Artist LaRissa Rogers’s installation Going to Ground, coming to the Greenway in August, aims to do both. Rogers is based in Virginia and Los Angeles, but she’s spent much of the past year in Massachusetts for a fellowship at Provincetown’s Fine Arts Work Center, and this work is quite literally grounded in Boston. Going to Ground draws inspiration from Zipporah Potter Atkins, who in 1670 became the first Black woman to own a home in Boston, once located on a site now cared for by the Greenway in the North End. The artist will construct the outline of Atkins’s home in steel atop a foundation of adobe bricks made from soil collected via an open call to Boston’s communities. Members of the public will be able to witness a performance of the laying of the adobe bricks and attend a picnic honoring Dr. Vivian Johnson, associate professor emerita at Boston University, who found Atkins’s signed deed in her research.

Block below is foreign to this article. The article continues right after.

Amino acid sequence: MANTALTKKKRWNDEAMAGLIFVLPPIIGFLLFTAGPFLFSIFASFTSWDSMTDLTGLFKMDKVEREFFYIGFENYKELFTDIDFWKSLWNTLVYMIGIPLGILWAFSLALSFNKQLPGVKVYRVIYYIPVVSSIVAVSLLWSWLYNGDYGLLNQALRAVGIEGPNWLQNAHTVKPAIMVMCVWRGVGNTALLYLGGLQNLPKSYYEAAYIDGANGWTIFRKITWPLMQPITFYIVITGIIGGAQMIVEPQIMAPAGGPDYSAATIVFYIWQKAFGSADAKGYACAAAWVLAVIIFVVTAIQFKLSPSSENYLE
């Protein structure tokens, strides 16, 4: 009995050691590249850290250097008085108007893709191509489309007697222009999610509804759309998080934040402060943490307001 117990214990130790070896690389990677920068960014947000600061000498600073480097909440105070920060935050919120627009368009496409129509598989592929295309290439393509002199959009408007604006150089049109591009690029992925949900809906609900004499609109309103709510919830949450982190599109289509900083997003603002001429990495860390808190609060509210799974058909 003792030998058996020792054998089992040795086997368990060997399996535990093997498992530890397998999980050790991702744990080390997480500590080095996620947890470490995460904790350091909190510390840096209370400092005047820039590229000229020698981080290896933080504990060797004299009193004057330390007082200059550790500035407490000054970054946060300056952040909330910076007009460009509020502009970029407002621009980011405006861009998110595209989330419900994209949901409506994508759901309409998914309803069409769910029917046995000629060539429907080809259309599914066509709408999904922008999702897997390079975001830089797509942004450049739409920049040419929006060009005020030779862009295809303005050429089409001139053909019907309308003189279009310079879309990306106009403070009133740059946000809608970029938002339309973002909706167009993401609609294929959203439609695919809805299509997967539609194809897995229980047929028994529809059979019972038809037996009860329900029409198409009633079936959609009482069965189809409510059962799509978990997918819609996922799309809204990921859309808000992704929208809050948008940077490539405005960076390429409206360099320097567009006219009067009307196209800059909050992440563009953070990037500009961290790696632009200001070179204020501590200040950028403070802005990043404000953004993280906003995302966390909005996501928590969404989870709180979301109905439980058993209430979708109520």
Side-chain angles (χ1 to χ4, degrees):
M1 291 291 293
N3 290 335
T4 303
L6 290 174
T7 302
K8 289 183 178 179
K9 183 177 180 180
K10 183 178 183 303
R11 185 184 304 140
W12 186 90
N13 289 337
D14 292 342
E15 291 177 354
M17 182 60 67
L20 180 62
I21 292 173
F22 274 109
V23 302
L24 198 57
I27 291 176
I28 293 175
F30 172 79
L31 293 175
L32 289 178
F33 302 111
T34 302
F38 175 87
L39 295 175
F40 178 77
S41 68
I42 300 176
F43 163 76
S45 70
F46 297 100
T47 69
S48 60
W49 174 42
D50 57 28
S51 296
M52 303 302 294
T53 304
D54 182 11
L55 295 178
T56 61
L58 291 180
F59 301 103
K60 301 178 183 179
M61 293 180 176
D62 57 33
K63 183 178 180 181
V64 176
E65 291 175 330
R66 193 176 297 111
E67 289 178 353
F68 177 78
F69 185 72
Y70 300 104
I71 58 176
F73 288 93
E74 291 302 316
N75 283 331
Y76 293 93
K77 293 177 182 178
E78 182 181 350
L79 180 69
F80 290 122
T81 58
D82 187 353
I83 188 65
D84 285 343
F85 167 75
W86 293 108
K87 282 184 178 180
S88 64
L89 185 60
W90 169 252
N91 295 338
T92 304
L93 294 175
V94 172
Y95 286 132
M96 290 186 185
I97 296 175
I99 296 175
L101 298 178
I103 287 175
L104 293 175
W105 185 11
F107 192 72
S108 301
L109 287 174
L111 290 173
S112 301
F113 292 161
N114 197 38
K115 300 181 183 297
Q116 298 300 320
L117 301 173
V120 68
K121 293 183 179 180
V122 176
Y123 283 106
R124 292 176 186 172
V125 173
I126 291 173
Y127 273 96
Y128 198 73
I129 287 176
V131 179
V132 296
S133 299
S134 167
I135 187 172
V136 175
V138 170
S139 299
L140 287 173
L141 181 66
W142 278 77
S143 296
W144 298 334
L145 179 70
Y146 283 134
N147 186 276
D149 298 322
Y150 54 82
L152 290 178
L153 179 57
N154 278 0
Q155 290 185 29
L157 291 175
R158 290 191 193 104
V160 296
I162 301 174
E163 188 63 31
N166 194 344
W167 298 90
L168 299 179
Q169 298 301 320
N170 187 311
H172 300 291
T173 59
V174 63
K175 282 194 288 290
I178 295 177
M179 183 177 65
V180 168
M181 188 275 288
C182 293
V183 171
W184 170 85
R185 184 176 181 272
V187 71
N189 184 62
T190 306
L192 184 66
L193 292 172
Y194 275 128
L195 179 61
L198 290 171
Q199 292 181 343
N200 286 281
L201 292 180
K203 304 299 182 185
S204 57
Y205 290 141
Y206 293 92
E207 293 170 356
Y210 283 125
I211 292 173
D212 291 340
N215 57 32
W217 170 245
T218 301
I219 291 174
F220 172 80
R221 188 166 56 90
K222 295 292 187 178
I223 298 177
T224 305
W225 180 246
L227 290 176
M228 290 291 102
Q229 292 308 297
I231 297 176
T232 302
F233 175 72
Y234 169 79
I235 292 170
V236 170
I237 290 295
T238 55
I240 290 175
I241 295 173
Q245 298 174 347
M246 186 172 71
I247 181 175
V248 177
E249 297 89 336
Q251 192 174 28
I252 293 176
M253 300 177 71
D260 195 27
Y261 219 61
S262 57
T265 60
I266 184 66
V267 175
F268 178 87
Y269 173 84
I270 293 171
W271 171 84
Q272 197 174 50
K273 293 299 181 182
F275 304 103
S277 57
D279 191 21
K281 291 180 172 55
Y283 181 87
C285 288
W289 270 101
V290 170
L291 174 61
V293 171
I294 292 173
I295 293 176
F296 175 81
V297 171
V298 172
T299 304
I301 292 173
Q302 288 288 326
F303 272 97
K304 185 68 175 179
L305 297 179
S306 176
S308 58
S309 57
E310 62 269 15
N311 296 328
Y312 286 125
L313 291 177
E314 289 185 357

Meanwhile in Dorchester, multimedia artist Ngoc-Tran Vu’s latest project is likewise getting locals involved in the art-making process. Vu—whose work centers on familial ties, memories, and ritual—has been mobilizing the Vietnamese community in Boston’s Little Saigon neighborhood through a series of monthly conversations. In April, Vu also hosted an intergenerational cultural commemoration in remembrance of the Fall of Saigon on April 30, 1975, a day known as Black April that’s often seen as marking the start of the Southern Vietnamese diaspora. This relationship building and continued resident feedback will inform Vu’s 1975: A Vietnamese Diaspora Memorial in 2025, the fiftieth anniversary of the war’s end. Vu plans to have a 3D model for residents to respond to this summer, and the memorial is part of a larger effort that includes the collecting, sharing, and archiving of oral stories reflecting perspectives that are often omitted from historical narratives about the war.